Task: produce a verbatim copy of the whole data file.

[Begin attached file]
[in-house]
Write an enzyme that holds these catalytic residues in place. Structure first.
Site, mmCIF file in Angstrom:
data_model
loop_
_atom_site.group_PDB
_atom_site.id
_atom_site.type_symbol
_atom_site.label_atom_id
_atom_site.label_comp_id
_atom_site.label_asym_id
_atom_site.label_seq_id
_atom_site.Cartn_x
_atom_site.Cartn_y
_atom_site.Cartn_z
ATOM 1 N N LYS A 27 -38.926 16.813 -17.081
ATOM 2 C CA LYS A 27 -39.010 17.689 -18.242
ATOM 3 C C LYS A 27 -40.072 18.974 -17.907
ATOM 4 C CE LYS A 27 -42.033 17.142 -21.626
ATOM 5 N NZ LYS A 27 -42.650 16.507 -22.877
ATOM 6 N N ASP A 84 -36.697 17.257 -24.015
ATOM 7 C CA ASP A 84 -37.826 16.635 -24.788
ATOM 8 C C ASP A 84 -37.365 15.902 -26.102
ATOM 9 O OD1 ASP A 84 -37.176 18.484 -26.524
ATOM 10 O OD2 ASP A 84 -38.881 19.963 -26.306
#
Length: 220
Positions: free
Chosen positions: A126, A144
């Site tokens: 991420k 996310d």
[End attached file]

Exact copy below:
[in-house]
Write an enzyme that holds these catalytic residues in place. Structure first.
Site, mmCIF file in Angstrom:
data_model
loop_
_atom_site.group_PDB
_atom_site.id
_atom_site.type_symbol
_atom_site.label_atom_id
_atom_site.label_comp_id
_atom_site.label_asym_id
_atom_site.label_seq_id
_atom_site.Cartn_x
_atom_site.Cartn_y
_atom_site.Cartn_z
ATOM 1 N N LYS A 27 -38.926 16.813 -17.081
ATOM 2 C CA LYS A 27 -39.010 17.689 -18.242
ATOM 3 C C LYS A 27 -40.072 18.974 -17.907
ATOM 4 C CE LYS A 27 -42.033 17.142 -21.626
ATOM 5 N NZ LYS A 27 -42.650 16.507 -22.877
ATOM 6 N N ASP A 84 -36.697 17.257 -24.015
ATOM 7 C CA ASP A 84 -37.826 16.635 -24.788
ATOM 8 C C ASP A 84 -37.365 15.902 -26.102
ATOM 9 O OD1 ASP A 84 -37.176 18.484 -26.524
ATOM 10 O OD2 ASP A 84 -38.881 19.963 -26.306
#
Length: 220
Positions: free
Chosen positions: A126, A144
């Site tokens: 991420k 996310d």